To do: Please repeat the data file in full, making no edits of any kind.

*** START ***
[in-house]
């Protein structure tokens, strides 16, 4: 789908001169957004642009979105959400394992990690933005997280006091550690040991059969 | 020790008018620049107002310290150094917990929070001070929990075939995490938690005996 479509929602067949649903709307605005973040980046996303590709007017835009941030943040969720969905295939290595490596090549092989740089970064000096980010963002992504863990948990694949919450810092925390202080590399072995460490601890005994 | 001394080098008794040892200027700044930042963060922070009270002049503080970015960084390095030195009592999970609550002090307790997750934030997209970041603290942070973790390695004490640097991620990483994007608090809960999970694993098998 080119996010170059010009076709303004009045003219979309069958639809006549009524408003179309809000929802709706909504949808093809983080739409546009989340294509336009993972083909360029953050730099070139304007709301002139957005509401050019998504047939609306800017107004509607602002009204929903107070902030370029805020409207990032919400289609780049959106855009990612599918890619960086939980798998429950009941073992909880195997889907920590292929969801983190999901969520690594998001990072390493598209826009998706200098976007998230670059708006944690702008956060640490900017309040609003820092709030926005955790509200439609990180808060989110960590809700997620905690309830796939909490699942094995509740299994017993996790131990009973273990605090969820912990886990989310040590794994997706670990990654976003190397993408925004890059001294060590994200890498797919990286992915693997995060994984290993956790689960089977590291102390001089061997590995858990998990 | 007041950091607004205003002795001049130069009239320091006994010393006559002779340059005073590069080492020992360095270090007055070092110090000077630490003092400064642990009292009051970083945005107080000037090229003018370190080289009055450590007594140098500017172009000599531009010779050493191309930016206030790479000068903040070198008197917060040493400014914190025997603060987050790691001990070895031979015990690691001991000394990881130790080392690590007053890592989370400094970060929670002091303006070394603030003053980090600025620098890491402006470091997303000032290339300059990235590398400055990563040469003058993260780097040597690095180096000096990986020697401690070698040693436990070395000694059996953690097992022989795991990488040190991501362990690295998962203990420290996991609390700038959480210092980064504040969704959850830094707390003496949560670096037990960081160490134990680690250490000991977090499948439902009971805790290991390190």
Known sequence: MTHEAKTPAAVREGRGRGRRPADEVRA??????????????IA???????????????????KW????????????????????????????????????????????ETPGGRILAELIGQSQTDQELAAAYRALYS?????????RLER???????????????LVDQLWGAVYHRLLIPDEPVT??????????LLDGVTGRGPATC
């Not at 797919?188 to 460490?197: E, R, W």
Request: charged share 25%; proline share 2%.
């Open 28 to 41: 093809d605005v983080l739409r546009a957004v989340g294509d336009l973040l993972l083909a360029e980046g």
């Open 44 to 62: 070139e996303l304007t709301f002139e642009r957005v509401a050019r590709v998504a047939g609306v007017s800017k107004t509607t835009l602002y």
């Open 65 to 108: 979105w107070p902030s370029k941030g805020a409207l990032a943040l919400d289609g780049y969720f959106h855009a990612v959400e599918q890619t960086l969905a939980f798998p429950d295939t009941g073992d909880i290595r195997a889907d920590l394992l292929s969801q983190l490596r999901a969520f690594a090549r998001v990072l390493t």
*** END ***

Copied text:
[in-house]
């Protein structure tokens, strides 16, 4: 789908001169957004642009979105959400394992990690933005997280006091550690040991059969 | 020790008018620049107002310290150094917990929070001070929990075939995490938690005996 479509929602067949649903709307605005973040980046996303590709007017835009941030943040969720969905295939290595490596090549092989740089970064000096980010963002992504863990948990694949919450810092925390202080590399072995460490601890005994 | 001394080098008794040892200027700044930042963060922070009270002049503080970015960084390095030195009592999970609550002090307790997750934030997209970041603290942070973790390695004490640097991620990483994007608090809960999970694993098998 080119996010170059010009076709303004009045003219979309069958639809006549009524408003179309809000929802709706909504949808093809983080739409546009989340294509336009993972083909360029953050730099070139304007709301002139957005509401050019998504047939609306800017107004509607602002009204929903107070902030370029805020409207990032919400289609780049959106855009990612599918890619960086939980798998429950009941073992909880195997889907920590292929969801983190999901969520690594998001990072390493598209826009998706200098976007998230670059708006944690702008956060640490900017309040609003820092709030926005955790509200439609990180808060989110960590809700997620905690309830796939909490699942094995509740299994017993996790131990009973273990605090969820912990886990989310040590794994997706670990990654976003190397993408925004890059001294060590994200890498797919990286992915693997995060994984290993956790689960089977590291102390001089061997590995858990998990 | 007041950091607004205003002795001049130069009239320091006994010393006559002779340059005073590069080492020992360095270090007055070092110090000077630490003092400064642990009292009051970083945005107080000037090229003018370190080289009055450590007594140098500017172009000599531009010779050493191309930016206030790479000068903040070198008197917060040493400014914190025997603060987050790691001990070895031979015990690691001991000394990881130790080392690590007053890592989370400094970060929670002091303006070394603030003053980090600025620098890491402006470091997303000032290339300059990235590398400055990563040469003058993260780097040597690095180096000096990986020697401690070698040693436990070395000694059996953690097992022989795991990488040190991501362990690295998962203990420290996991609390700038959480210092980064504040969704959850830094707390003496949560670096037990960081160490134990680690250490000991977090499948439902009971805790290991390190």
Known sequence: MTHEAKTPAAVREGRGRGRRPADEVRA??????????????IA???????????????????KW????????????????????????????????????????????ETPGGRILAELIGQSQTDQELAAAYRALYS?????????RLER???????????????LVDQLWGAVYHRLLIPDEPVT??????????LLDGVTGRGPATC
């Not at 797919?188 to 460490?197: E, R, W």
Request: charged share 25%; proline share 2%.
């Open 28 to 41: 093809d605005v983080l739409r546009a957004v989340g294509d336009l973040l993972l083909a360029e980046g």
């Open 44 to 62: 070139e996303l304007t709301f002139e642009r957005v509401a050019r590709v998504a047939g609306v007017s800017k107004t509607t835009l602002y």
């Open 65 to 108: 979105w107070p902030s370029k941030g805020a409207l990032a943040l919400d289609g780049y969720f959106h855009a990612v959400e599918q890619t960086l969905a939980f798998p429950d295939t009941g073992d909880i290595r195997a889907d920590l394992l292929s969801q983190l490596r999901a969520f690594a090549r998001v990072l390493t």